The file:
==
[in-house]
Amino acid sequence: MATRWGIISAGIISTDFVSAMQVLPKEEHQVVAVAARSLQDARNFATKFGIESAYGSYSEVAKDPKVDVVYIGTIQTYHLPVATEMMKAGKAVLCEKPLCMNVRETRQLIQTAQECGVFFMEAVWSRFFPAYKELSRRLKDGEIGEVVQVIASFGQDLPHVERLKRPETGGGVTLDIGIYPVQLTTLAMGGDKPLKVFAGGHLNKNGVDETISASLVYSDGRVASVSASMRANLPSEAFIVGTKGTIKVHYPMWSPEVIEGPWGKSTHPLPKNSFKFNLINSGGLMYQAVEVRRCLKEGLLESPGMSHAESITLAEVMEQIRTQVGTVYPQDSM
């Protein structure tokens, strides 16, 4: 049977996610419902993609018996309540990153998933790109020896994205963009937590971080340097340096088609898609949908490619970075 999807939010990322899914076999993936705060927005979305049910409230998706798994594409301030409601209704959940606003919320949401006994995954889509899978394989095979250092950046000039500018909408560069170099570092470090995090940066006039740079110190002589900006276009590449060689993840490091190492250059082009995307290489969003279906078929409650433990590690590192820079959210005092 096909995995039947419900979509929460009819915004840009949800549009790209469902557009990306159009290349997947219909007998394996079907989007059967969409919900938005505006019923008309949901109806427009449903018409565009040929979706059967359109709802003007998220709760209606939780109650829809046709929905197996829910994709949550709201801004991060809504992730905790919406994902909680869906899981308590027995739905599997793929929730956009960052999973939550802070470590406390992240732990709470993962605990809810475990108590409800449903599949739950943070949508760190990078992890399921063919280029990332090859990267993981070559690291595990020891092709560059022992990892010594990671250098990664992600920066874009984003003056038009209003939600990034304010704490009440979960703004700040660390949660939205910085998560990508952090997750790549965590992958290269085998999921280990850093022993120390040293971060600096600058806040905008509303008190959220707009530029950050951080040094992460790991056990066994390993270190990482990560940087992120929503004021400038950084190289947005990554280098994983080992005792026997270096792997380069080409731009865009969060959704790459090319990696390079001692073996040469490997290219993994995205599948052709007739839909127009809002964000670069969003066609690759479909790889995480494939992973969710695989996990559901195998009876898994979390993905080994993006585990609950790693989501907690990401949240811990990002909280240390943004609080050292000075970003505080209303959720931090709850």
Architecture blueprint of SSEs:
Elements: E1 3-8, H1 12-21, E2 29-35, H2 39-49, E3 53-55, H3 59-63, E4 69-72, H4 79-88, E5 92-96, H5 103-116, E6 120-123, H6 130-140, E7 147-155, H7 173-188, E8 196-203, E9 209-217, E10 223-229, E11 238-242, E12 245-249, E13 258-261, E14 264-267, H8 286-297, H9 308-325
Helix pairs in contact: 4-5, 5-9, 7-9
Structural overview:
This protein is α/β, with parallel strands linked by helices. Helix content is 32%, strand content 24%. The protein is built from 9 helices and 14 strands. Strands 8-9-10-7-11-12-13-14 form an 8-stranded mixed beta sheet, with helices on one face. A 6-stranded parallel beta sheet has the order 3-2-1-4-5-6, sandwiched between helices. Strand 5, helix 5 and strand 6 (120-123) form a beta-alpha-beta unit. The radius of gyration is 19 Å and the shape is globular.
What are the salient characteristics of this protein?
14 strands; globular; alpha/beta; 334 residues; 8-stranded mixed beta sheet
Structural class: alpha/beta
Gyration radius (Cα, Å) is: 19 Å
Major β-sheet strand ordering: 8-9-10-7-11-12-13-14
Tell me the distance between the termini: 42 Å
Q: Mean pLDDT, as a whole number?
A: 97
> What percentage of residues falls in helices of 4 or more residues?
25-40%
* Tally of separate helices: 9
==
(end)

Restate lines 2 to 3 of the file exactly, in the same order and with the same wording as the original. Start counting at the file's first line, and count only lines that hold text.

Amino acid sequence: MATRWGIISAGIISTDFVSAMQVLPKEEHQVVAVAARSLQDARNFATKFGIESAYGSYSEVAKDPKVDVVYIGTIQTYHLPVATEMMKAGKAVLCEKPLCMNVRETRQLIQTAQECGVFFMEAVWSRFFPAYKELSRRLKDGEIGEVVQVIASFGQDLPHVERLKRPETGGGVTLDIGIYPVQLTTLAMGGDKPLKVFAGGHLNKNGVDETISASLVYSDGRVASVSASMRANLPSEAFIVGTKGTIKVHYPMWSPEVIEGPWGKSTHPLPKNSFKFNLINSGGLMYQAVEVRRCLKEGLLESPGMSHAESITLAEVMEQIRTQVGTVYPQDSM
């Protein structure tokens, strides 16, 4: 049977996610419902993609018996309540990153998933790109020896994205963009937590971080340097340096088609898609949908490619970075 999807939010990322899914076999993936705060927005979305049910409230998706798994594409301030409601209704959940606003919320949401006994995954889509899978394989095979250092950046000039500018909408560069170099570092470090995090940066006039740079110190002589900006276009590449060689993840490091190492250059082009995307290489969003279906078929409650433990590690590192820079959210005092 096909995995039947419900979509929460009819915004840009949800549009790209469902557009990306159009290349997947219909007998394996079907989007059967969409919900938005505006019923008309949901109806427009449903018409565009040929979706059967359109709802003007998220709760209606939780109650829809046709929905197996829910994709949550709201801004991060809504992730905790919406994902909680869906899981308590027995739905599997793929929730956009960052999973939550802070470590406390992240732990709470993962605990809810475990108590409800449903599949739950943070949508760190990078992890399921063919280029990332090859990267993981070559690291595990020891092709560059022992990892010594990671250098990664992600920066874009984003003056038009209003939600990034304010704490009440979960703004700040660390949660939205910085998560990508952090997750790549965590992958290269085998999921280990850093022993120390040293971060600096600058806040905008509303008190959220707009530029950050951080040094992460790991056990066994390993270190990482990560940087992120929503004021400038950084190289947005990554280098994983080992005792026997270096792997380069080409731009865009969060959704790459090319990696390079001692073996040469490997290219993994995205599948052709007739839909127009809002964000670069969003066609690759479909790889995480494939992973969710695989996990559901195998009876898994979390993905080994993006585990609950790693989501907690990401949240811990990002909280240390943004609080050292000075970003505080209303959720931090709850």